Arizona Arts launches the Racial Justice Studio with a new course to be offered in the fall, “Rehearsals in Anti-Racism,” taught by Drs. Amelia (Amy) Kraehe and Gloria J. Wilson, professors from the School of Art.
The Racial Justice Studio is a new concept conceived as a hub for campus and virtual activities to promote a deep understanding of racism and anti-racism by centering artistic and creative practice.
Kraehe and Wilson co-founded the studio with Chelsea Farrar, curator of community engagement at the University of Arizona Museum of Art.
Kraehe said the group was formed following the killings of several Black people, including George Floyd in May, and with support from College of Fine Arts Dean Andrew Schulz.
Last spring Schulz called on the Arizona Arts community to challenge systemic injustice and use the power of the arts to affect change.
“This is not a time to be quiet,” Schulz wrote. “Our promise is to speak up and take concrete action in this moment and beyond, because not to do so comes with a price. We stand with the victims of racism and anti-Blackness who experience the violence of social inequity often with fatal consequences. We will listen and support efforts to undo systemic injustice, and we invite you to hold us accountable as we pledge to focus on the power of art to create positive change.”
>> Arizona Arts stands in solidarity with social justice
Racial Justice Studio
The Racial Justice Studio was conceived to help Arizona Arts achieve three aims to:
- Promote deep understanding of racism and production of anti-racist knowledge through creative practice and arts research broadly conceived;
- Provide transformative learning opportunities and community engagement that build race-consciousness in and through the arts; and
- Build connections, compassion, and co-conspiratorship among students, faculty, departments, initiatives, centers, and institutes within and beyond the Arizona Arts that share a commitment to anti-racism.
“Art studios are spaces of risk-taking, trying new things, and reflection-in-action,” said Farrar. “Racial justice is at the heart of this particular studio and has broad relevance to all the arts disciplines in Arizona Arts.”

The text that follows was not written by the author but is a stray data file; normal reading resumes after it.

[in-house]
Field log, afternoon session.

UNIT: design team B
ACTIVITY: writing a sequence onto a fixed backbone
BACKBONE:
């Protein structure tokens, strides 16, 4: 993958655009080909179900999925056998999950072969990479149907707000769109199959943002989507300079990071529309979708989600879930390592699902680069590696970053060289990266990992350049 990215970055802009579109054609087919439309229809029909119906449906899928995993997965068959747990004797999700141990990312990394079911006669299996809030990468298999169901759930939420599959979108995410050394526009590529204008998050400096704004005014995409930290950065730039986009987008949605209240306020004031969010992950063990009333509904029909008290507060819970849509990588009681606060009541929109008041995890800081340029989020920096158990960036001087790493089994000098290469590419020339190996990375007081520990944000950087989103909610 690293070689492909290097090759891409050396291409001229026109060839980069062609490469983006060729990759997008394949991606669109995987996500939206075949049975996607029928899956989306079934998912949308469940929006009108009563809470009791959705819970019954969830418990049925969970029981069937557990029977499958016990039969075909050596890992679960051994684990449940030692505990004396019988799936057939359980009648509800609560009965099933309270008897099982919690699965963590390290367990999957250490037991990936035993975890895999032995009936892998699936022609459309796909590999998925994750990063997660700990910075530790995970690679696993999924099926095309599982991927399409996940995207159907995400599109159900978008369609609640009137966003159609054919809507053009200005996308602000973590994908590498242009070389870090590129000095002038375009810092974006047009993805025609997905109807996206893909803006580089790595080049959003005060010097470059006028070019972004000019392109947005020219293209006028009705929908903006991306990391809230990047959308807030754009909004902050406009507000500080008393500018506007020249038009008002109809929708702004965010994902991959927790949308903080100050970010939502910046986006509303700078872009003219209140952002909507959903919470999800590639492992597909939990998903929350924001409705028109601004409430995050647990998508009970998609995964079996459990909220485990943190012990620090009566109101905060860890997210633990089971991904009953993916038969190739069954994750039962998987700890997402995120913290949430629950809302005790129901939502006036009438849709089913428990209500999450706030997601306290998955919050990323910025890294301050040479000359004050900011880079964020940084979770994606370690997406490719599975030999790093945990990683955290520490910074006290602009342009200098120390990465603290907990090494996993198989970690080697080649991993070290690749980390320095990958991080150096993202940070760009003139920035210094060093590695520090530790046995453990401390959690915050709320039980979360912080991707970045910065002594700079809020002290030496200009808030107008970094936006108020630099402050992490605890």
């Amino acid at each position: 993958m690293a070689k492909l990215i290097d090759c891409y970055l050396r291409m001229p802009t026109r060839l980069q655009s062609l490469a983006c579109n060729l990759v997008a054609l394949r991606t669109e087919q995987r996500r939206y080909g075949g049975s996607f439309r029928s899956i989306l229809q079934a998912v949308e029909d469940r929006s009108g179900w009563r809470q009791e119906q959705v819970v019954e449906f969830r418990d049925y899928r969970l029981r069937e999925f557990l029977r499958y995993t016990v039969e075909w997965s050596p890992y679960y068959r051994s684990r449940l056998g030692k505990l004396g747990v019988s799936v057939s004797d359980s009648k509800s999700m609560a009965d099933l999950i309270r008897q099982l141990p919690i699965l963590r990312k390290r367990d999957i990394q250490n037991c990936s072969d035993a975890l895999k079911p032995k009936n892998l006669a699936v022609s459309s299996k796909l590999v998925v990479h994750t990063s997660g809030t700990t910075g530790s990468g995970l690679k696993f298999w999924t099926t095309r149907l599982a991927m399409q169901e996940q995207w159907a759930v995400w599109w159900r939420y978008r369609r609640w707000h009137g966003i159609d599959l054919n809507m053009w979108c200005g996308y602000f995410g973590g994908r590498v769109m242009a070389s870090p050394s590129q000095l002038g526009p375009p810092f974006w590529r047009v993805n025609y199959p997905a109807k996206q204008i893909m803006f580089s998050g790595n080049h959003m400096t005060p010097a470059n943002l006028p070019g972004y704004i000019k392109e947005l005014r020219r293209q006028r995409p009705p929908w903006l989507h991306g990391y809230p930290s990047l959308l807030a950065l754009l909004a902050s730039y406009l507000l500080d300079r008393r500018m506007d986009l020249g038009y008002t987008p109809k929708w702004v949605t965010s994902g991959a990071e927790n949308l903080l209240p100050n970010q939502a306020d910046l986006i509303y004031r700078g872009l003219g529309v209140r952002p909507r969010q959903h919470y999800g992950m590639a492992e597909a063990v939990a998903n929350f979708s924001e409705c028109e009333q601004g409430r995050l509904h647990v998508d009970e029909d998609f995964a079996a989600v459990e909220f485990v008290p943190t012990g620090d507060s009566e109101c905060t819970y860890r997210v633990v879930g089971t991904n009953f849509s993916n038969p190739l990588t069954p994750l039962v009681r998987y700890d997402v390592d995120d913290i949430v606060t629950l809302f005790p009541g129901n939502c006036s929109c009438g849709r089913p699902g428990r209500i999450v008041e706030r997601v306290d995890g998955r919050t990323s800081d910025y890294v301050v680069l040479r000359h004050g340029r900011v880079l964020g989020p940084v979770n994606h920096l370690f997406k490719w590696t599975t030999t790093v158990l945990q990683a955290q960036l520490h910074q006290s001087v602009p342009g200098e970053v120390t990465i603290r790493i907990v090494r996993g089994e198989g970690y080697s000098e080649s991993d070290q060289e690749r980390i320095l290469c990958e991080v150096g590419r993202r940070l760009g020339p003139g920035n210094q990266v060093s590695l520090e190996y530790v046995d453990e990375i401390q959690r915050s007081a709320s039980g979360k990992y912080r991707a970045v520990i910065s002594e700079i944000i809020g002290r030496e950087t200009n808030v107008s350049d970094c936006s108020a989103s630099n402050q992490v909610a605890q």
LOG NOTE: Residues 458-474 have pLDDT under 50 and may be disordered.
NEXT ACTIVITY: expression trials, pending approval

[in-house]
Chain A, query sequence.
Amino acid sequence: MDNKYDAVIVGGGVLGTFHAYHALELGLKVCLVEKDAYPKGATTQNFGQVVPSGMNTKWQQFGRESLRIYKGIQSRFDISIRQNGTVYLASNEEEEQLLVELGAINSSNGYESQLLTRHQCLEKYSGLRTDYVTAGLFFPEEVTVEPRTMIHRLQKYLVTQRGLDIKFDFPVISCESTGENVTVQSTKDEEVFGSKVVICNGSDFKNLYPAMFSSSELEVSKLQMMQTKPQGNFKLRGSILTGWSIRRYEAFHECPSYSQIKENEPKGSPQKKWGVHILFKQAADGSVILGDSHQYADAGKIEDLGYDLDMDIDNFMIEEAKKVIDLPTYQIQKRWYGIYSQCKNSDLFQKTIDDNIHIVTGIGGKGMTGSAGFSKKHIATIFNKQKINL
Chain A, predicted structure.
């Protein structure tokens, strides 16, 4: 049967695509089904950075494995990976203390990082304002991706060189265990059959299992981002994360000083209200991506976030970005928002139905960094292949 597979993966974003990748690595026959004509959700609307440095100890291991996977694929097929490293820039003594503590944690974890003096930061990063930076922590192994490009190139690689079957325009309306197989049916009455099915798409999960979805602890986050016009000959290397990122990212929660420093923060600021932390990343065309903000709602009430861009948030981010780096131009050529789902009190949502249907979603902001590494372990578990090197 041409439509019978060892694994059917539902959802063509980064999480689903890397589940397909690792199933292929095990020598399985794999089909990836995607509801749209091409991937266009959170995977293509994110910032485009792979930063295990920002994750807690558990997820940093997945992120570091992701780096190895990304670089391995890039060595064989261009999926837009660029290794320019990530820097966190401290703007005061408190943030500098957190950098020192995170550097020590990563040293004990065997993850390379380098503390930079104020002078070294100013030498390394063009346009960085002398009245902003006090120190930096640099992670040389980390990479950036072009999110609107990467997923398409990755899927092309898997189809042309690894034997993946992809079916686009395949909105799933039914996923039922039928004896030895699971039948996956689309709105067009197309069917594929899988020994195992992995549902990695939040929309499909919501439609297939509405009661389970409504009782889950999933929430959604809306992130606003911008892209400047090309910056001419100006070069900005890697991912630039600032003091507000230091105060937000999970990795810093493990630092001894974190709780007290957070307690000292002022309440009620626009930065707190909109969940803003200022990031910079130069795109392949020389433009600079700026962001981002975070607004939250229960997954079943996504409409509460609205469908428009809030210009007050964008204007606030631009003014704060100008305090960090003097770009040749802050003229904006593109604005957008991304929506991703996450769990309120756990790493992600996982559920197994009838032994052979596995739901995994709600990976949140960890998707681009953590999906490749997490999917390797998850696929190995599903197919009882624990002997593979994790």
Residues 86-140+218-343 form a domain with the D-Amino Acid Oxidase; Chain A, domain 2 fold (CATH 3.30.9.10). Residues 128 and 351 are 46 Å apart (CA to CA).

Dean Schulz feels that the Arizona Arts community is the perfect incubator to lead change through creative exploration and dynamic groups of educators who service both the public and University of Arizona students.
“They’re starting with really impactful initial programs that focus on students, our faculty and staff, engaging in community, and really leading with their own expertise,” said Schulz.
Rehearsals in Anti-Racism
The first initiative to come from the Racial Justice Studio is “Rehearsals in Anti-Racism,” which began to take shape in January 2021.
The course will engage students in personal, political, philosophical and aesthetic conversations about race, racism and their intersections with other markers of identity, by using workshop-style teaching methods that engage all the senses in creative activities so conversations about race move beyond words to something more embodied and participatory.
This is a big initiative but the inaugural class, beginning in the fall, will be very small, with a max of 16 students. “There’s a certain kind of intimacy that needs to be created for racial dialogues to take place,” said Kraehe. “ And that requires vulnerability. Particularly when using artistic and creative methods, it means there’s an additional level of risk-taking that we’re asking of students.”
Kraehe’s scholarship, teaching and community engagement focus on how the arts and arts education can challenge, as well as reinforce, systems of inequality.
“When doing the work of raising racial consciousness, those who are interested and invested in the work understand that systemic transformation does not occur in the space of a single three-hour workshop. They understand that racism is endemic and that this work is on-going. Offering a course such as ‘Rehearsals’ allows for investment in a creative form of risk-taking. That risk-taking is necessary for developing the affective dimensions of understanding,” said Wilson. “Racial Justice Studio might be viewed as a catalyst that sparks movement toward deeper engagement with race, racism, and anti-racism in and through arts modalities.”
Wilson’s work analyzes the cultural systems which work to produce race and racism, in general, and more specifically, examines constructions of racial representations across creative modalities and how these practices and processes work to reinscribe or resist systems of power. In addition to Rehearsals in Anti-Racism, the Studio is also pursuing two other initial programs:
- Race/Remix – interdisciplinary dialogues with featured speakers and related podcast beginning this spring.
- Creative Abolitionist Teaching (CAT) Fellows – an inter-level organizational network that brings together artists and educators who teach in schools and universities to develop anti-racist pedagogies and curricula using the lens of contemporary arts.
Farrar attests to the need for these programs. “I’m an alumna of the Art & Visual Culture Education program here at the School of Art, and I can speak to the need of teachers who are graduating with this critical focus in anti-racism and needing continued support and community when they go into the classroom and want to embed anti-racism into their teaching. As a museum educator, we too are in need of fellowship for this work. The Racial Justice Studio will begin to fill that need.”